Albiero v. City of Kankakee, 246 F.3d 927, 931-32 (7th Cir. 2001) (citations and quotations omitted). As will be discussed in greater detail below, here, Banks has not met his burden of presenting any "definite, competent evidence to rebut the [Board's] motion." Id. As a result, the Board is entitled to judgment as a matter of law. Federal Rule of Civil Procedure 56(c)

Banks brought this action pursuant to Title VII of the Civil Rights Act of 1964, and the Illinois Human Rights Act (775 ILCS 5/1-101, et seq.), alleging race, color, and age discrimination, after SIU-Edwardsville (the University) eliminated his position as "Assistant to the Dean of the School of Engineering"-a non-faculty position-during an organizational restructuring.*fn1 For the reasons outlined briefly below, there are no genuine issues of material fact, and Banks' claims are without merit.

Once again, to defeat the Board's Motion for Summary Judgment, Banks "cannot rest on the mere allegations contained in [his] pleadings but 'must present sufficient evidence to show the existence of each element of its case on which [he] will bear the burden at trial.'" Fillipovic v. K&R Exp. Sys., Inc., 176 F.3d 390, 395 (7th Cir. 1999), quoting Serfecz v. Jewel Food Stores, 67 F.3d 591, 596 (7th Cir. 1995). Normally, a plaintiff may prove discrimination by presenting either direct (including circumstantial) evidence of discrimination or by the indirect method established in McDonnell Douglas Corp. v. Green, 411 U.S. 792 (1973). Here, Banks admits that he has no direct evidence of discrimination. As a result, he must rely upon the McDonnell Douglas, indirect burden-shifting test.

Under the McDonnell Douglas approach, a plaintiff-employee must first establish a prima facie case of discrimination. This requires proof of four elements: (1) the employee is a member of the protected class. (2) the employee was performing at a satisfactory level; (3) the employee was subject to an adverse employment action; and (4) the employee was treated less favorable than. similarly situated employees. If the plaintiff succeeds in making out a prima facie case, the burden then shifts to the employer to articulate some legitimate, nondiscriminatory reason for the adverse employment action. If such a reason is offered, the plaintiff. bears the ultimate burden of showing that it is a pretext for discrimination.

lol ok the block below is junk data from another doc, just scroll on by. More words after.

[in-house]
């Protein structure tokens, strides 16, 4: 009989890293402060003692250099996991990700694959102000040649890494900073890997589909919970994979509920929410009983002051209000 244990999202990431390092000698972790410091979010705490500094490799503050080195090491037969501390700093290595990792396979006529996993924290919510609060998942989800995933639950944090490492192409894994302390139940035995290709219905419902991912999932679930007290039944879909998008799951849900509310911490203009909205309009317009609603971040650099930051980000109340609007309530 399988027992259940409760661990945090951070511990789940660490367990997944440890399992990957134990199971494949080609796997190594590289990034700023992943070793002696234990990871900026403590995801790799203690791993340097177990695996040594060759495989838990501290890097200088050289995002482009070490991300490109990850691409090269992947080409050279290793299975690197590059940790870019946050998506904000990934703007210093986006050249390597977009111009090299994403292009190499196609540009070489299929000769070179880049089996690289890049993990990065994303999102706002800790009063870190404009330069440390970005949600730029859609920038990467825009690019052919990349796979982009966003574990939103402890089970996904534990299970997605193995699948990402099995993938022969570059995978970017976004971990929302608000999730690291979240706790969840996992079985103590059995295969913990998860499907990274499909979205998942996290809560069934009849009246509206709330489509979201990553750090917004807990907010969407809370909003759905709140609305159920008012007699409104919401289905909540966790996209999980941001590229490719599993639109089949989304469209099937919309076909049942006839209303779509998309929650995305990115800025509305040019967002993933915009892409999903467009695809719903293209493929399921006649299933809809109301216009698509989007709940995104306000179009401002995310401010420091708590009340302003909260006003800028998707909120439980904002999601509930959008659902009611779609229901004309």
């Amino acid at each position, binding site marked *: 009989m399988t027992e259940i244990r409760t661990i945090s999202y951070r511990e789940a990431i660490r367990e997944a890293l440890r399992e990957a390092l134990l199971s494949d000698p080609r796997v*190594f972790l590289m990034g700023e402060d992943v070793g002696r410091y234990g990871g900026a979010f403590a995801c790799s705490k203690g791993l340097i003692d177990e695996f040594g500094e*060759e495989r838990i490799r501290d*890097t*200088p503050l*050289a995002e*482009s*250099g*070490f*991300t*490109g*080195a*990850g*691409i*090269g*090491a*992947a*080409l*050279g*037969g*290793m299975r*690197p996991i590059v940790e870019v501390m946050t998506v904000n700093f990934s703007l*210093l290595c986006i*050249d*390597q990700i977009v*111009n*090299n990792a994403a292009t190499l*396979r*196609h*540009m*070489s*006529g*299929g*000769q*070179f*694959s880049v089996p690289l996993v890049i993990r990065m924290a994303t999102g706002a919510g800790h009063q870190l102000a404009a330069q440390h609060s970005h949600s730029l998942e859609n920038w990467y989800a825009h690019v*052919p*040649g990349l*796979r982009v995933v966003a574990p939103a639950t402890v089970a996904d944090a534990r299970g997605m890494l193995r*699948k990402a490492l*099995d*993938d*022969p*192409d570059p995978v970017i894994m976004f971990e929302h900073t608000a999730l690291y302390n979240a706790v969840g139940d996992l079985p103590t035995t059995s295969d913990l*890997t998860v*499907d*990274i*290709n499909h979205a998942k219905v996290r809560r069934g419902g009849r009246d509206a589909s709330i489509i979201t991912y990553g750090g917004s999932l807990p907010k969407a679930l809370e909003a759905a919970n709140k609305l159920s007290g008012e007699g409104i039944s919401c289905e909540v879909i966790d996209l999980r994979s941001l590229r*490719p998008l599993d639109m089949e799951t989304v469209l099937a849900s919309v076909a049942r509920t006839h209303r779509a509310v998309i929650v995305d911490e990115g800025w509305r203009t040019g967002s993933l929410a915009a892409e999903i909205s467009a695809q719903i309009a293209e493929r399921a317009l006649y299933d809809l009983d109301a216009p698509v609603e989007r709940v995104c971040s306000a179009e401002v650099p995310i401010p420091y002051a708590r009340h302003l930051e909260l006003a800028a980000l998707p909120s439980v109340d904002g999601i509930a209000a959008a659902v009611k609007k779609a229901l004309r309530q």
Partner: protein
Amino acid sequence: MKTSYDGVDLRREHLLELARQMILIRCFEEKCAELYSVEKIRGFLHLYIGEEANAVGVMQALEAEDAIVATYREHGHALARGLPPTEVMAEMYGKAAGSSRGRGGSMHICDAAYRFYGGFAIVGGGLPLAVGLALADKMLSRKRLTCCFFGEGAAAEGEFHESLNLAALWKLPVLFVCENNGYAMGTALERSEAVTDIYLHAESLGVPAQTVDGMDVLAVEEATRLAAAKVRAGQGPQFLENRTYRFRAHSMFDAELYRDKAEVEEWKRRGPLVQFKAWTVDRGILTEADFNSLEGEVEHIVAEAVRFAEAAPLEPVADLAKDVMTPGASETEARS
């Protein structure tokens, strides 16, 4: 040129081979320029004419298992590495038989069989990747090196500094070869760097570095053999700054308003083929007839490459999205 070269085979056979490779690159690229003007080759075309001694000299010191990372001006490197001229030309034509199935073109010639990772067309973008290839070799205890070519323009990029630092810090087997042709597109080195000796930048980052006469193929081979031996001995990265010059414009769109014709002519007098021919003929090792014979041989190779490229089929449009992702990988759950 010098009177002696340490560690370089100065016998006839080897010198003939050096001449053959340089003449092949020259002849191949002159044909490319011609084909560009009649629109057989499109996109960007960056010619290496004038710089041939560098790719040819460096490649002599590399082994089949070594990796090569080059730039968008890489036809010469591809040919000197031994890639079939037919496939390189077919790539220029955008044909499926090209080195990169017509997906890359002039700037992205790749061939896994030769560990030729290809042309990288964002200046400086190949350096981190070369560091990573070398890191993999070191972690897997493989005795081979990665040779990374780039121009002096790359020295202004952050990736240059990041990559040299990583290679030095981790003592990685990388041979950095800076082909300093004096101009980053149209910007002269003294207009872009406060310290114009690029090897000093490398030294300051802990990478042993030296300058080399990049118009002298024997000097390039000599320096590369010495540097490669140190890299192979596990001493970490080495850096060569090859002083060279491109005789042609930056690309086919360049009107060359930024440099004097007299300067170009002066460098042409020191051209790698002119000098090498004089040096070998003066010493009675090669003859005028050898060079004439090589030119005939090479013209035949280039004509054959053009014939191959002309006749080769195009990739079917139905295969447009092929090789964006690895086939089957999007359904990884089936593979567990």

Schuster v. Lucent Technologies, Inc., 327 F.3d 569, 574 (7th Cir. 2003) (quotations and citations omitted).

Here, it is very unlikely that Banks could establish a prima facie case of discrimination. Perhaps most notably, Banks was not replaced by a younger or white employee. Rather, his position was eliminated, and as a result, there is no one who currently holds the position of "Assistant to the Dean" (Doc. 32, p. 1). Further, Banks was given one full year's notice that his position would be eliminated, even though, according to University policy, no notice is required when a position is being eliminated due to reorganization (Id. at 2, 7). During that year, Banks only was required to perform minimal duties so that he could search and apply for other opportunities and/or pursue his Ph.D. (Id.). Nevertheless, Banks allegedly applied for only one other open position at the University (Id. at 7-8). Banks also filed an internal grievance regarding the University's decision to eliminate his position-a grievance in which, tellingly, Banks "did not make any allegations of discrimination." (Doc. 32, p. 8). Only after ...